Look, I am not against the idea of Wally being initially antagonistic towards The Flash. I really am not. I think it could be a potentially good story. I would be much more open to this storyline if the initial events did not come off as such a massive cliché. Seriously, it almost reaches an uncomfortable level at times and the words ‘White Man’s Burden’ keep sounding off in my head.

 

But that is only part of the issue. The other part deals with events twenty years in the future where Electric Blue Barry Allen and a wheel-chair bound Iris are at the grave of Wally West as Barry is being incredibly mopey about being History’s Greatest Monster and all. Also, kudos for reminding me that Flashpoint erased Irey and Jai West. I was almost over that. Now the fact that a new generation of heroes was cut off before its prime is at the forefront of my thoughts again.

 

Barry formulates a plan to get back to the past and make everything better. However, before he can get back to the past, he needs more Speed Force power so he finds Grodd, who has used the power to pilfer the past and the future. Electric Blue Barry Allen kills Grodd (because this is a dark future and dark futures are nothing if they don’t have heroes doing immoral stuff). Then it’s off to the past to save us all from the real enemy of this series, Barry himself. I mentioned before about ‘a’ Reverse-Flash. Why? Because Grodd mentions the name of a Reverse-Flash, Eobard Thawne, which may be a plot point for the future.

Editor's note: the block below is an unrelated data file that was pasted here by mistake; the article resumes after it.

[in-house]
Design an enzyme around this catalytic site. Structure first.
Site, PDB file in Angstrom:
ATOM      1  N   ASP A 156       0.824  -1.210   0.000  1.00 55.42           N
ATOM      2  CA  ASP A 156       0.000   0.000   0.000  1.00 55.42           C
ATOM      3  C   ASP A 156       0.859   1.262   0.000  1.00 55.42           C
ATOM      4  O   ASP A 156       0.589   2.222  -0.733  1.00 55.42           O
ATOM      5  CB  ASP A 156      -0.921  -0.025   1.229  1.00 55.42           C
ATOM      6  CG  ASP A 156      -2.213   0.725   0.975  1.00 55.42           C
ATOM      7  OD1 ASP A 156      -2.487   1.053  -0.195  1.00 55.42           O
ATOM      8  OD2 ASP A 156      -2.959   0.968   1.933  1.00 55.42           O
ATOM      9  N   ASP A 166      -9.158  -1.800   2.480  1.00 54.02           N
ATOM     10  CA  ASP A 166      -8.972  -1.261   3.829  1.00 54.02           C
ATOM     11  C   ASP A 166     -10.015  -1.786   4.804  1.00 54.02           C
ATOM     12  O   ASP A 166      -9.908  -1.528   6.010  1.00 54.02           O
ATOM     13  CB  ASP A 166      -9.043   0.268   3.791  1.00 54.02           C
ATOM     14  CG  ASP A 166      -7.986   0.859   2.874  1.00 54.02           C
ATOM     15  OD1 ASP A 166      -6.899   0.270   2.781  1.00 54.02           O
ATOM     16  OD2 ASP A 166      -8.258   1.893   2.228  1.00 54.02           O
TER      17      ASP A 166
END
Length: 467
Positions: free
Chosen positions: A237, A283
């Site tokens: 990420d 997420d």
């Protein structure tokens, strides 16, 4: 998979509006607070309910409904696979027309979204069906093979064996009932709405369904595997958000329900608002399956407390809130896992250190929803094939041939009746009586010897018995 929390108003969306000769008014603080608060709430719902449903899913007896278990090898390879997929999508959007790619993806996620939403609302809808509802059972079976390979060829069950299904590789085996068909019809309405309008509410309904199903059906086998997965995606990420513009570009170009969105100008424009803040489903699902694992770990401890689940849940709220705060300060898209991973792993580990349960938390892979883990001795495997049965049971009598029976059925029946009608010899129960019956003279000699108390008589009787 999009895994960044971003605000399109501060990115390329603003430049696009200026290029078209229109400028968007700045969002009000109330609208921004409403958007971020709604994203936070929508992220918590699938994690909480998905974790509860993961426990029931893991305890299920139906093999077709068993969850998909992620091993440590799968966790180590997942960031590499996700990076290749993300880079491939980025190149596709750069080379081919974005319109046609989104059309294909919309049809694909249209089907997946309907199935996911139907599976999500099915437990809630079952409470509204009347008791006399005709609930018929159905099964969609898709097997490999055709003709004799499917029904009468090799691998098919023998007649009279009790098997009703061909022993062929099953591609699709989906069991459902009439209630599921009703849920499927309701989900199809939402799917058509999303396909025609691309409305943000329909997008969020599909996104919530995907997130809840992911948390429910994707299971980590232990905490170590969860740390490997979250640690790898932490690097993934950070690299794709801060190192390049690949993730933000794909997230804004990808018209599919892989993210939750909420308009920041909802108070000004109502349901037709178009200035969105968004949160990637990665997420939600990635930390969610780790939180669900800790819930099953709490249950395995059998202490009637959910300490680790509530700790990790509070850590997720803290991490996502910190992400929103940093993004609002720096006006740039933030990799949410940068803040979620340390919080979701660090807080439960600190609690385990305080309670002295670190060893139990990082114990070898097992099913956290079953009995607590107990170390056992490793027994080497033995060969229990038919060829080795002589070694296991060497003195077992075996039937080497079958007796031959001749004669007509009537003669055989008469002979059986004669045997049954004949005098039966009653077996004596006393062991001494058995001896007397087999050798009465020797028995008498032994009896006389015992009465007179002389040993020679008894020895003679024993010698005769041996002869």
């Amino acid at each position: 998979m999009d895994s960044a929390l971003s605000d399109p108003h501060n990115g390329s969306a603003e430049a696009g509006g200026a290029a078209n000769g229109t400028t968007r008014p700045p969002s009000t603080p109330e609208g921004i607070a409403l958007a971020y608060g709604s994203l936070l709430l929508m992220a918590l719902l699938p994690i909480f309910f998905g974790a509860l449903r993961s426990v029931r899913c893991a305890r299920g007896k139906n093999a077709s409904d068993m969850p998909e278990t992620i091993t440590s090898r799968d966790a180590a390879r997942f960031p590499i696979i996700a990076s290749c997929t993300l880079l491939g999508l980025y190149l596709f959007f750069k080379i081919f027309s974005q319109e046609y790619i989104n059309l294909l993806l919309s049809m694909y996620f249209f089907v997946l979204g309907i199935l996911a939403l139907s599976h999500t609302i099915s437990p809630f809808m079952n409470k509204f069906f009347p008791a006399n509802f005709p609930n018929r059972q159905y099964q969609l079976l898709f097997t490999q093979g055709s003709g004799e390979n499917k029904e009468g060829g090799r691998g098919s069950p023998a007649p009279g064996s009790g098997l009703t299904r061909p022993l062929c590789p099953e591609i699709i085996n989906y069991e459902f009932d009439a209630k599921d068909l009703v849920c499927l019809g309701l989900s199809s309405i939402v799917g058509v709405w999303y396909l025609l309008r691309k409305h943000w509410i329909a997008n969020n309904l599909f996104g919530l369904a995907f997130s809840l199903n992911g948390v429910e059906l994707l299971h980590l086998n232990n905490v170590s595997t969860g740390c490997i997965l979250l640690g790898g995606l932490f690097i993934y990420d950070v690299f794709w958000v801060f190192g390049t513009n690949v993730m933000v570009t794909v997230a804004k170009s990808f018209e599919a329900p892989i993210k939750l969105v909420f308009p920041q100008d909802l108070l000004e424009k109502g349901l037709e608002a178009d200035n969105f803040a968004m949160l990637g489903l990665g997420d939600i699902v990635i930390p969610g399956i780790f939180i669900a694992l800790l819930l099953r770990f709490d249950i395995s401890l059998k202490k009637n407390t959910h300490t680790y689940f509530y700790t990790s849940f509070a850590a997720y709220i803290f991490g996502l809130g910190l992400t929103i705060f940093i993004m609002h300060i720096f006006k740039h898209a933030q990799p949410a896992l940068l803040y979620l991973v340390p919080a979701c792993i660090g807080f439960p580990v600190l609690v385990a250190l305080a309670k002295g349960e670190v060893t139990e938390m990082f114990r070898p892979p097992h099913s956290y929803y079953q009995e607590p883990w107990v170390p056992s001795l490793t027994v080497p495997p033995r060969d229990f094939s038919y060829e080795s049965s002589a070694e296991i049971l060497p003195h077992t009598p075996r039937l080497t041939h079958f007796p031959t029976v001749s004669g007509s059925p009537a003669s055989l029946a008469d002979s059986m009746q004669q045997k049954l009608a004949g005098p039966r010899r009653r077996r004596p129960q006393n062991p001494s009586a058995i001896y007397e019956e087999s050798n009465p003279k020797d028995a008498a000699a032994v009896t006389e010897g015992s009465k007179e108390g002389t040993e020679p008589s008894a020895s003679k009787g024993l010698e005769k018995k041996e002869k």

This is the part where I talk about the art. Duties were split between present and future timelines, with Ron Frenz and Livesay on present and Brett Booth Norm Rapmund on future with Andrew Dalhouse coloring everything. Honestly, I do not have much to say on the art. The kinetic energy that is necessary for a Flash book is there in the action scenes. The massive fault in it is, well, everyone looks the damn same except swapping out skin tone and hair. Look I know all artists can’t be Naoki Urasawa and give specific facial details to everyone, but come on!

 

So at the end of the day, do I think this new Wally West can be great? Yes, but first impressions really left a sour taste to the tongue. Again, I would be okay with the premise of Barry and Wally butting heads at first if they left out the ‘white guy saving black kid’ vibe. Am I going to stick with this book? Yes I am. In spite of my snark, the future events did interest me a bit. Also, Geoff Johns and Gary Frank’s Shazam gave me a swerve but it pulled out of any nosedive and ended up being one of the best stories in the New 52. Here’s hoping this book can do that as well.

Review Overview

2/5 Stars

2/5 Stars

Despite the kinetic action scenes and interesting plot threads, the introduction of Wally to the New 52 comes off as eerily cliché.

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About Kenneth

When he is not working at a library or on his Master's Degree, Ken Godberson III is usually writing comics, prose and screenplays. He tends to be an expert on absolutely nothing except on why Impulse is the greatest superhero ever. He can be found on Twitter @kengodbersoniii or on Tumblr at kengodbersoniii.tumblr.com